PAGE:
A couple of blog posts related to airline travel with musical instruments have caught my eye so far this week:
Saxophonist Greg Vail had a bad experience checking his horn. Yes, he did check it—sent it to be stowed in the airplane’s cargo hold rather than carrying it on himself. But it wasn’t the baggage handlers who caused a problem. It was security inspectors who opened the strong custom flight case, damaged the key clamps, broke some reeds, and couldn’t get everything packed up properly again.
I know I need to carry this case because they have done this before, but the real question is why?? I feel like these goofballs would riffle thru my medicine cabinet given the chance just because they are noisy and idiots, but I digress.
Matthew Amster-Burton, a Mint.com blogger (and not, to my knowledge, a musician), opined that fees for carry-on bags are a good idea. Nobody wants to pay extra fees, but I have to admit it might be worth it to me to guarantee a spot in the overhead bins for my instruments.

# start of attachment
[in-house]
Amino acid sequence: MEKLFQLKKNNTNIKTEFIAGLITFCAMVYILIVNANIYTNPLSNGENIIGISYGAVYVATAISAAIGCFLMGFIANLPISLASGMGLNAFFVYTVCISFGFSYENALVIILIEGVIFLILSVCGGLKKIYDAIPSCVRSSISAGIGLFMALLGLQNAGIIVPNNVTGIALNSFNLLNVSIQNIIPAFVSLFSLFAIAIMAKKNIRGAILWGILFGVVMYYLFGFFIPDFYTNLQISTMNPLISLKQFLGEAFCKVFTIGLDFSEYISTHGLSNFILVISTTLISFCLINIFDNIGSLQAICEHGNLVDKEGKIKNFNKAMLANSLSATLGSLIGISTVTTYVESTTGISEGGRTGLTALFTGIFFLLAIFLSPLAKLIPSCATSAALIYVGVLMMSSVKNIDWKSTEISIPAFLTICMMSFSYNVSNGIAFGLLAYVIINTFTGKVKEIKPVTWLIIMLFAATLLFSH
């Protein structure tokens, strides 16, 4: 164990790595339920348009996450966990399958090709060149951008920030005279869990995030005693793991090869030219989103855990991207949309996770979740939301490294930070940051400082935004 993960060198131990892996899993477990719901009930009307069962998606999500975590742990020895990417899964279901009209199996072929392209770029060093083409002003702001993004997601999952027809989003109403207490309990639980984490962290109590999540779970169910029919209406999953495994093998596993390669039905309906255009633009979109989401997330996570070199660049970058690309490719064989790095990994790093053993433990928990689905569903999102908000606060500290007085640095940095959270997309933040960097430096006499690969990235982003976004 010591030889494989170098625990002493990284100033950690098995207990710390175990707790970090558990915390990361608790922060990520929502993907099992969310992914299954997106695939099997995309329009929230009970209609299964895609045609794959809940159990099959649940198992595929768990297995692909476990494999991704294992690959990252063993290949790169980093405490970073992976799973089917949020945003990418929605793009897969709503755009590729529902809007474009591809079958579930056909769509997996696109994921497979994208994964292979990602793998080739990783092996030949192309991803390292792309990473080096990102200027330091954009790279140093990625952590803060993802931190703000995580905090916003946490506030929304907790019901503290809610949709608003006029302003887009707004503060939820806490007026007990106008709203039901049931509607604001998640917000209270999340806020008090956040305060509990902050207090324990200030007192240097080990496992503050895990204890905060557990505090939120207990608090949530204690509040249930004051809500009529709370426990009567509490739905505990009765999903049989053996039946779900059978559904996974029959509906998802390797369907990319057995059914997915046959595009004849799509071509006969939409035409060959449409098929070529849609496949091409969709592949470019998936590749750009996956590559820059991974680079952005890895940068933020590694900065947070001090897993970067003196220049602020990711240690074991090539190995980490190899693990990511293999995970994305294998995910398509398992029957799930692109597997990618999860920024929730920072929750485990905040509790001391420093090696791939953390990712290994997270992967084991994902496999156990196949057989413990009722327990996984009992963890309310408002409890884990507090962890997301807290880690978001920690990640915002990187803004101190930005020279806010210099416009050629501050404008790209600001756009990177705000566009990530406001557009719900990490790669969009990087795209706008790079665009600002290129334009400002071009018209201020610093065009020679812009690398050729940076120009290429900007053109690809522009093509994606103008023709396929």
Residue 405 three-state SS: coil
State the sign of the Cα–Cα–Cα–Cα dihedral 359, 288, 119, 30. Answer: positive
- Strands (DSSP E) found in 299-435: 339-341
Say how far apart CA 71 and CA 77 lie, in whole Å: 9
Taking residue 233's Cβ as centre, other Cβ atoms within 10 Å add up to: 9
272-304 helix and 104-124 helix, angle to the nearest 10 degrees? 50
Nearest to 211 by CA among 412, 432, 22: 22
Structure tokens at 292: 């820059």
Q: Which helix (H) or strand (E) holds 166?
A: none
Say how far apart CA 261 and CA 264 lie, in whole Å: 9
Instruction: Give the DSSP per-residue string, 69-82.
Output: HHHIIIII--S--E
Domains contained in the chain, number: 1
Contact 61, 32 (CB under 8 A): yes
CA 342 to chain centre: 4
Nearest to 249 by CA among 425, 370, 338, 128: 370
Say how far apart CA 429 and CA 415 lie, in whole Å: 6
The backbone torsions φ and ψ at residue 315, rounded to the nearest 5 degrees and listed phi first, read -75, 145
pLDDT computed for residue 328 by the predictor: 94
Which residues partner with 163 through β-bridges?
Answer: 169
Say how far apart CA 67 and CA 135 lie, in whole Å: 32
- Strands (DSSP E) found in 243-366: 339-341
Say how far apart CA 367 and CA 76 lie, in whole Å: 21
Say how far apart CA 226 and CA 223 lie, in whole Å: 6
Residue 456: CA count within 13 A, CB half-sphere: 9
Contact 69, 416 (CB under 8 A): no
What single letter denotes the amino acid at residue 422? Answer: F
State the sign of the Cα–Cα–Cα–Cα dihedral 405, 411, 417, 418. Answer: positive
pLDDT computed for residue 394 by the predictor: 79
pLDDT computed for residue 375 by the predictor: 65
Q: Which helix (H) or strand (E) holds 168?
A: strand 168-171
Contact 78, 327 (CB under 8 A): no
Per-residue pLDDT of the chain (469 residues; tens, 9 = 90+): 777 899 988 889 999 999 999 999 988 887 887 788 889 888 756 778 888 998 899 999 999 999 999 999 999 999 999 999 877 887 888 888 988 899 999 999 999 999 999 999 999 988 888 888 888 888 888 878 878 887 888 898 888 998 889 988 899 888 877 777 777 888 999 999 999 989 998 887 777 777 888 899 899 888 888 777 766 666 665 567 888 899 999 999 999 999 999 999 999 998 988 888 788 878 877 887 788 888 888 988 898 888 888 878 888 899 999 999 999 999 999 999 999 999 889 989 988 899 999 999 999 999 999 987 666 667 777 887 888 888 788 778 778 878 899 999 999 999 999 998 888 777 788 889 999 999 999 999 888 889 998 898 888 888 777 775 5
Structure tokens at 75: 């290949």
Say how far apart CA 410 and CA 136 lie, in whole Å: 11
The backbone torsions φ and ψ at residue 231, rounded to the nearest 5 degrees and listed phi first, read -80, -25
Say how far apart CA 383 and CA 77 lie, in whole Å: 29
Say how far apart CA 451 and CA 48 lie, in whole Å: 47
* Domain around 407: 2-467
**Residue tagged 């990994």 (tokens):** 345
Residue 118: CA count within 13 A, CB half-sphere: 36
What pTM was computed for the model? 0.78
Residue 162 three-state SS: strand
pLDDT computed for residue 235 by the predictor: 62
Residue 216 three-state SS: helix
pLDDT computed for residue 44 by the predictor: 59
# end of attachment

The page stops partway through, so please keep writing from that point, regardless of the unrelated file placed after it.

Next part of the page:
When I wheel my suitcase onto a plane, I’ve learned to take the first overhead spot I see that is anywhere near my seat. The last thing I want is to be holding the bag when the announcement goes out that the overhead bins are full and we’re going to have to check any remaining bags if you want this flight to leave today. In other words, price controls—for example, offering discounted or free items or services—cause shortages.
Economically speaking, this is nuts. The right way to allocate overhead bin space is the same way we allocate most things: put a price on it.
Check out my previous posts on airline travel with musical instruments, and travel safe.